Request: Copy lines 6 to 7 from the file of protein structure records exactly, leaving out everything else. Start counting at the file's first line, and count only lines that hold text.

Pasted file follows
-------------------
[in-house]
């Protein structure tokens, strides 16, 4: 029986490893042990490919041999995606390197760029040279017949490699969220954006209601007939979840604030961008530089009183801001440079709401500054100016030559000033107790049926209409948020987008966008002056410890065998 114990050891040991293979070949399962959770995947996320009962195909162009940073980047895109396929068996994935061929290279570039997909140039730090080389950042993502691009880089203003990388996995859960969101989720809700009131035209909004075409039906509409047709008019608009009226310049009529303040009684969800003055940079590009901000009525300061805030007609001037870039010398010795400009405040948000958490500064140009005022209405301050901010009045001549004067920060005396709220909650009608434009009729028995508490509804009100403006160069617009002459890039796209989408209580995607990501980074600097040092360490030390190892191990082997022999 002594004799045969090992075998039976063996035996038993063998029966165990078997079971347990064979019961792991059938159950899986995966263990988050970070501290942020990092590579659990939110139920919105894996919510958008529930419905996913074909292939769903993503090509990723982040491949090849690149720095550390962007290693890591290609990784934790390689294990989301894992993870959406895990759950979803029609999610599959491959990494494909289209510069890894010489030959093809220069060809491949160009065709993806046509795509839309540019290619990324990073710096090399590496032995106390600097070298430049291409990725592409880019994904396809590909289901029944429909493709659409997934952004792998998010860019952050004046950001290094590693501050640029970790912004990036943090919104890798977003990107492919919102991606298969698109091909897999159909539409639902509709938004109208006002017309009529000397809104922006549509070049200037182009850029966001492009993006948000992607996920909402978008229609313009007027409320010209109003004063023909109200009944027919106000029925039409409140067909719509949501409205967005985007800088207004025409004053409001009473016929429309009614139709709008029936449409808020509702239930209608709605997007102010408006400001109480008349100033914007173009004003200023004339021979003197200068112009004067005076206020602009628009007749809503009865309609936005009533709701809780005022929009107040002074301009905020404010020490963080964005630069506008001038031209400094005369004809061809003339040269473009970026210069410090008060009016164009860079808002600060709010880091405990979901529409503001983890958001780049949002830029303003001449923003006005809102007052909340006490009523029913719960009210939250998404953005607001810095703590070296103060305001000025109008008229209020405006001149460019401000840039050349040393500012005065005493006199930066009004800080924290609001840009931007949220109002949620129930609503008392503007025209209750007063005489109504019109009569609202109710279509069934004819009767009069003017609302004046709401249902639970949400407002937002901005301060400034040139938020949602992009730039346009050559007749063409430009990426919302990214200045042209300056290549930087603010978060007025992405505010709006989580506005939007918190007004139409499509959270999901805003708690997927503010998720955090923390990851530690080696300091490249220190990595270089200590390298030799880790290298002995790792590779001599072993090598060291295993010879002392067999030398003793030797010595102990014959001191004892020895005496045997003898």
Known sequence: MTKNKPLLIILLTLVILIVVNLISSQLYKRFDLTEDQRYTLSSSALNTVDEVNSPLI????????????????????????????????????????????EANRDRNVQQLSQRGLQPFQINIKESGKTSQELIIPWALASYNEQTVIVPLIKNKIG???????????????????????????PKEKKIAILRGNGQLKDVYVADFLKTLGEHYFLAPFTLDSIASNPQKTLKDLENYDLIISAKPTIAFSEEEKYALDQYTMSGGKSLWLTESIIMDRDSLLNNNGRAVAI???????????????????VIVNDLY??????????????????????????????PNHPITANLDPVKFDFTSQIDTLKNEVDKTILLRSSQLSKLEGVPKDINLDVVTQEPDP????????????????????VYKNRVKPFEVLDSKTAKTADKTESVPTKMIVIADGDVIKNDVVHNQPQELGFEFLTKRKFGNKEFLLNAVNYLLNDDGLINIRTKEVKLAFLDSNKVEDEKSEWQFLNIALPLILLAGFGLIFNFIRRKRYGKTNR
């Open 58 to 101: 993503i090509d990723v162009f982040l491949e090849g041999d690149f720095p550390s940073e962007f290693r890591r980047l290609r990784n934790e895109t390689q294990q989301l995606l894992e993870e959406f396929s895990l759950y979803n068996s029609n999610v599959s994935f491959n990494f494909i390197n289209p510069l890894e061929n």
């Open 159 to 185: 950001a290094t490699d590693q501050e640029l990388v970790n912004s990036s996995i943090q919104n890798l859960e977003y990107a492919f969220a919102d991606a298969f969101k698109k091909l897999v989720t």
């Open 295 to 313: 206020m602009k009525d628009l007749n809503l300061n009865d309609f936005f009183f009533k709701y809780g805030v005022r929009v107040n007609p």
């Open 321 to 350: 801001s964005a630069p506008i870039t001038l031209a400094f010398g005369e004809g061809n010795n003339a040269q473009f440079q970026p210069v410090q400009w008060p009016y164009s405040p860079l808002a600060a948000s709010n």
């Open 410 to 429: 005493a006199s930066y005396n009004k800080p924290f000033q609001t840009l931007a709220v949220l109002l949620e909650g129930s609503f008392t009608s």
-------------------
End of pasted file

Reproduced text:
């Open 295 to 313: 206020m602009k009525d628009l007749n809503l300061n009865d309609f936005f009183f009533k709701y809780g805030v005022r929009v107040n007609p």
């Open 321 to 350: 801001s964005a630069p506008i870039t001038l031209a400094f010398g005369e004809g061809n010795n003339a040269q473009f440079q970026p210069v410090q400009w008060p009016y164009s405040p860079l808002a600060a948000s709010n």